MT. LEBANON, Pa. — Take a look around Mt. Lebanon and it’s bustling with people on foot.
“There are several streets around elementary schools that don’t have sidewalks around them. So how can you call yourself a walkable community if you don’t have sidewalks on most of your streets,” said Seth Davis.
Davis is a resident and dad. He is working with the municipality to adopt the national policy called Complete Streets for his children.
“It creates a framework to look at every street completely that sounds simple but honestly a lot of decisions are made for just vehicles but this will look at people walking those accessing transit,” Davis said.
His research shows that nationally deaths of people walking are at the highest levels in 40 years. Davis is talking about a community that doesn’t offer busing for its students.
“I’ve had a lot of near misses myself with people running red lights with my children in the crosswalk it will be part of the plan performance metrics where they will have to study some of these things,” Davis said.
Mt. Lebanon is on board. A spokesperson released the following statement about the project.
“As a diverse community, Mt. Lebanon prides itself on ensuring all residents and visitors have safe, comfortable and easy opportunities for moving about town. Adopting a Complete Streets policy will formalize this dedication to all modes and users of transportation, including walkers, cyclists, seniors, children, people with disabilities, drivers, public transit riders and emergency responders, by explaining our commitment, setting performance measures and outlining the steps for implementation. We are excited to turn this vision into our reality,” said spokesperson Laura Pace Lilley.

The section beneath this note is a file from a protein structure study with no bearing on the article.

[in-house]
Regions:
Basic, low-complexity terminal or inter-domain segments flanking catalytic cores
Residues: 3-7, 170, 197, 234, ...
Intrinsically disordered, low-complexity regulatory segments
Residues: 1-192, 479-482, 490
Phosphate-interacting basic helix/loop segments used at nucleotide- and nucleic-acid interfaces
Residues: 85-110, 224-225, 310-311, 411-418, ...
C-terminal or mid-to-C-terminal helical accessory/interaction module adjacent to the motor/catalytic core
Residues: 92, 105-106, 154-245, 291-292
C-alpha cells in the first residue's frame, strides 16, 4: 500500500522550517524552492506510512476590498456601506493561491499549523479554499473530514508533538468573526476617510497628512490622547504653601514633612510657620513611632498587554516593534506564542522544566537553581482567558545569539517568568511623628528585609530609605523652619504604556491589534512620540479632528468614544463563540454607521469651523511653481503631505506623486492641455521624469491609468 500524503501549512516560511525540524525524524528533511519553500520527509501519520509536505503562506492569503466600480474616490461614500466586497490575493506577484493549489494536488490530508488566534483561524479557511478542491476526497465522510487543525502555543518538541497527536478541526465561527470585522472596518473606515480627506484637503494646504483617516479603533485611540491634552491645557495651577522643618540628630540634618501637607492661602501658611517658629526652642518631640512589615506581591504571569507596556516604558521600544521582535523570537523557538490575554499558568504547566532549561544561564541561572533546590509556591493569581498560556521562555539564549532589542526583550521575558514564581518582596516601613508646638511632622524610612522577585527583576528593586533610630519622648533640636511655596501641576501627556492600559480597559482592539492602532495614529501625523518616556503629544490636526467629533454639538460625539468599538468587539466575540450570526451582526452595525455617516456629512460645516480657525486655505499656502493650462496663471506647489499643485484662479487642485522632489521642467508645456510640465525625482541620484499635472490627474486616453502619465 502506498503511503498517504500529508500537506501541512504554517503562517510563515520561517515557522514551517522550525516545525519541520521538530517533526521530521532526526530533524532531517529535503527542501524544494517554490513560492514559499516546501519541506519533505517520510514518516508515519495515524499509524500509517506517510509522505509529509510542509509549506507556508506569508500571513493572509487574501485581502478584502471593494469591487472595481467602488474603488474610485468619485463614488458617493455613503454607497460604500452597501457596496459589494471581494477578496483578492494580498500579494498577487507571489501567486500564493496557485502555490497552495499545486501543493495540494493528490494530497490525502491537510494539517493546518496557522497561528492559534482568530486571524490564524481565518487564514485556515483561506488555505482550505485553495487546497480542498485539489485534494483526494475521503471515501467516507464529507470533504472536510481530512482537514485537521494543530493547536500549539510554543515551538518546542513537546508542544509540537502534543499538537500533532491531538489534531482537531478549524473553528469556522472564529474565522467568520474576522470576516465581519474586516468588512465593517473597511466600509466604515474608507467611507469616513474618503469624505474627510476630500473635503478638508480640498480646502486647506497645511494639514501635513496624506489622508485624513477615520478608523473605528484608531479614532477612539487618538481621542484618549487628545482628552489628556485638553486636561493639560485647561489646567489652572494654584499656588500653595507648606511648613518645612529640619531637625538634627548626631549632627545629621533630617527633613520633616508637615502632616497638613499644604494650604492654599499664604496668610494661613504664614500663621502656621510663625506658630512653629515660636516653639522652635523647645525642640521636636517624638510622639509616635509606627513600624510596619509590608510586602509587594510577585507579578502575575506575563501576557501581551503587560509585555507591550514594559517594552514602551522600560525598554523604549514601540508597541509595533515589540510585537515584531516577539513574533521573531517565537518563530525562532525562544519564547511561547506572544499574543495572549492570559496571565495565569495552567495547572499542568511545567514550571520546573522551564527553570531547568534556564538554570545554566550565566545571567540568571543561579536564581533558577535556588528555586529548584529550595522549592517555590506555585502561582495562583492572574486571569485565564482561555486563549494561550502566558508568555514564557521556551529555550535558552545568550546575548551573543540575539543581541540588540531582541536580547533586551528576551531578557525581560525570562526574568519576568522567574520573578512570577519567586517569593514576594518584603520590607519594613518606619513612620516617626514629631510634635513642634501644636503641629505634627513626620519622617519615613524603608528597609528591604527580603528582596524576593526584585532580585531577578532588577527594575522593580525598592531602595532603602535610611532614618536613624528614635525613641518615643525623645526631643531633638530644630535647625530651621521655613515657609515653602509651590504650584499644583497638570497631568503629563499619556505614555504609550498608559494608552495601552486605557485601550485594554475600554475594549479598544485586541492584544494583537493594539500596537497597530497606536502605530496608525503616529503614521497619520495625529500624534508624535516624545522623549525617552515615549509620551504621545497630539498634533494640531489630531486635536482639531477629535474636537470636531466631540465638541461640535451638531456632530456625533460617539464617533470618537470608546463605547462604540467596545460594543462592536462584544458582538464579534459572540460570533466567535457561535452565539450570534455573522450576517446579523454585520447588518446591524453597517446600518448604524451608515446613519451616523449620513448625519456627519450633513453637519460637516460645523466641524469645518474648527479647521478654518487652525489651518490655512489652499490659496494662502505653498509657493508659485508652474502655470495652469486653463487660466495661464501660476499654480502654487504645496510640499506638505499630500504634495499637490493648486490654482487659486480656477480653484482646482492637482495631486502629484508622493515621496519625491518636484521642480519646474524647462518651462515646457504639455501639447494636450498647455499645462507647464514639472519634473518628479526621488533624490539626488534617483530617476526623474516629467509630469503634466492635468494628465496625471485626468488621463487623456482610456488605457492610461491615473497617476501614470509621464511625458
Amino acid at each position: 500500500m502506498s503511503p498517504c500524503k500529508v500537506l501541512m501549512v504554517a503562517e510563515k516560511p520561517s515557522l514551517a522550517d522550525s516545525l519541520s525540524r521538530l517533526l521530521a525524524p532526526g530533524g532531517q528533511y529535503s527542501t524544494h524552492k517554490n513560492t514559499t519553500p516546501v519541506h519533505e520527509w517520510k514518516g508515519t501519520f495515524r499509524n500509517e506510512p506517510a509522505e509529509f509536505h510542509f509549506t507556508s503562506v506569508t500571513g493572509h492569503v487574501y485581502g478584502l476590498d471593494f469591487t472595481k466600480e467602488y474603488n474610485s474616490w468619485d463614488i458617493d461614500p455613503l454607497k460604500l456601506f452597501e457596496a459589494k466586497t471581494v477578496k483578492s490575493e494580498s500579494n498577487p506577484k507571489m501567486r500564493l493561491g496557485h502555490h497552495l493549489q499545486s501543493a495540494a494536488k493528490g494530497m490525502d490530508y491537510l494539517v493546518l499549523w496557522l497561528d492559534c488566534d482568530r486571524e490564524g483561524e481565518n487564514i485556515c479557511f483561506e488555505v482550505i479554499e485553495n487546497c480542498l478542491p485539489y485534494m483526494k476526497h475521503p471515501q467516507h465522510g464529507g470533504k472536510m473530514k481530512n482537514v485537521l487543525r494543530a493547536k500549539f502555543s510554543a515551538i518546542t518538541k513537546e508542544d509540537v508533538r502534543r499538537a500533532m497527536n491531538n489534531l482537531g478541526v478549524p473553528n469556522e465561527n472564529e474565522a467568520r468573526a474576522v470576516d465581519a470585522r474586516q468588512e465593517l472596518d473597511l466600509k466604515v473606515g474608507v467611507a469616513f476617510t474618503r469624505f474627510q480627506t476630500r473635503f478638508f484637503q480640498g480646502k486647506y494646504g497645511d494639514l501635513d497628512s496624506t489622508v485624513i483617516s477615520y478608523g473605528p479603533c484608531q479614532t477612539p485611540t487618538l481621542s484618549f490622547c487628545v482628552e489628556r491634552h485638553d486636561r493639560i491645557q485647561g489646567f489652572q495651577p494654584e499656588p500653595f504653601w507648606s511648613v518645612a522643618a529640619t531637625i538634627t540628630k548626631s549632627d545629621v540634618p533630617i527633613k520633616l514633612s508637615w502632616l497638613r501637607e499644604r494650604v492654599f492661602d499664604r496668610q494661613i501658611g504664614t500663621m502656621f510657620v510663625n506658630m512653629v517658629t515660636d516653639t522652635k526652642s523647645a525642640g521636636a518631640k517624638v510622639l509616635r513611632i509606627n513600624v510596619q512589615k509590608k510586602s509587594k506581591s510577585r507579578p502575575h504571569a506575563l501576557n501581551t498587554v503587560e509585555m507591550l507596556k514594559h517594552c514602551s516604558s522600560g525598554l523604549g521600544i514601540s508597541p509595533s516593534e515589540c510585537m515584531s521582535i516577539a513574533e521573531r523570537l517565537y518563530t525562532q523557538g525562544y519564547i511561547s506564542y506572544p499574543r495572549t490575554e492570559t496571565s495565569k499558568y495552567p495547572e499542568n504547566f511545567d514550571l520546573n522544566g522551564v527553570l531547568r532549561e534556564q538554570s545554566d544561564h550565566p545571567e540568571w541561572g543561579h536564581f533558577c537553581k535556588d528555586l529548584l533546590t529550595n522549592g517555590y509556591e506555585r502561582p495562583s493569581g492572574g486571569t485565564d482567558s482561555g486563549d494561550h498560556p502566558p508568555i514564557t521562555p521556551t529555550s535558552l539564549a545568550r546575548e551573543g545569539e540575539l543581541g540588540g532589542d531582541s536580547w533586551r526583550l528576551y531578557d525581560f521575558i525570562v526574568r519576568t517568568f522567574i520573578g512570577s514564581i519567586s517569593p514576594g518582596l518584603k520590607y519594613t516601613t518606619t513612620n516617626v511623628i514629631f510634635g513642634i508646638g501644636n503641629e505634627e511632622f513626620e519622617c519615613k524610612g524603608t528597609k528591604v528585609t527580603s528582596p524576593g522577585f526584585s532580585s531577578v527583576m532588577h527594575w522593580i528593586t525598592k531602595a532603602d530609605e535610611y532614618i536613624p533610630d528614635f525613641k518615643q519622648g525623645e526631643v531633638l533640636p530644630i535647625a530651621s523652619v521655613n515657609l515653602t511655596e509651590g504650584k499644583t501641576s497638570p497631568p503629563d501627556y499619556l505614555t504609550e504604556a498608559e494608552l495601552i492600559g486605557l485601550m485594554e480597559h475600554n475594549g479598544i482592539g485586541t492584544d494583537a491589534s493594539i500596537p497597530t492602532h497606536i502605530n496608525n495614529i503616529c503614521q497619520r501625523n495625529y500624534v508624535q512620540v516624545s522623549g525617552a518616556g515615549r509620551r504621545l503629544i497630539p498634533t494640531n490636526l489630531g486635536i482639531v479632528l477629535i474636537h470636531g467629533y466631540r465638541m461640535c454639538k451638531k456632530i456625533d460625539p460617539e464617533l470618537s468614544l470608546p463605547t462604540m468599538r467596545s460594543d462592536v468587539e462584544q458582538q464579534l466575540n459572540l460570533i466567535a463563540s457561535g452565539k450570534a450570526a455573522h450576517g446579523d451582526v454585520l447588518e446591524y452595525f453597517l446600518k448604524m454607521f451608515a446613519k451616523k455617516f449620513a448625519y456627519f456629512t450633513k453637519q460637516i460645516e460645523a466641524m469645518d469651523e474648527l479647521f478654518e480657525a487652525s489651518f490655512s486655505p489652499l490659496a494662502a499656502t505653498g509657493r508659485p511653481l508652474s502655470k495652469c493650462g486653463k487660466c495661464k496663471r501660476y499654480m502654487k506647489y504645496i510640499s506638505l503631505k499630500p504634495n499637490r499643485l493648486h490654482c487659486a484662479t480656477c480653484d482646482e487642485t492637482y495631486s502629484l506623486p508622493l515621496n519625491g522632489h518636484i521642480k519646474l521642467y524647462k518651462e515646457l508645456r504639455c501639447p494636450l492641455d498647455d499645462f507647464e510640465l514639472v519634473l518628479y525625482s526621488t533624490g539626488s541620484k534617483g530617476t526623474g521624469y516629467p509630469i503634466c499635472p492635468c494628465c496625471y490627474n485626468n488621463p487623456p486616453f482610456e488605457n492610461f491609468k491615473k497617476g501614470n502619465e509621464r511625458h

It’s not a project that will come cheap or happen overnight. But Davis hopes all design ideas are brought forth and safer streets are in the future.
“I would love to see some real projects happen in the next five years but it is a long term commitment,” Davis said.
The meeting to adopt this policy will take place at 8 p.m. on Tuesday. Once the vote is complete, plans for improvement begin.
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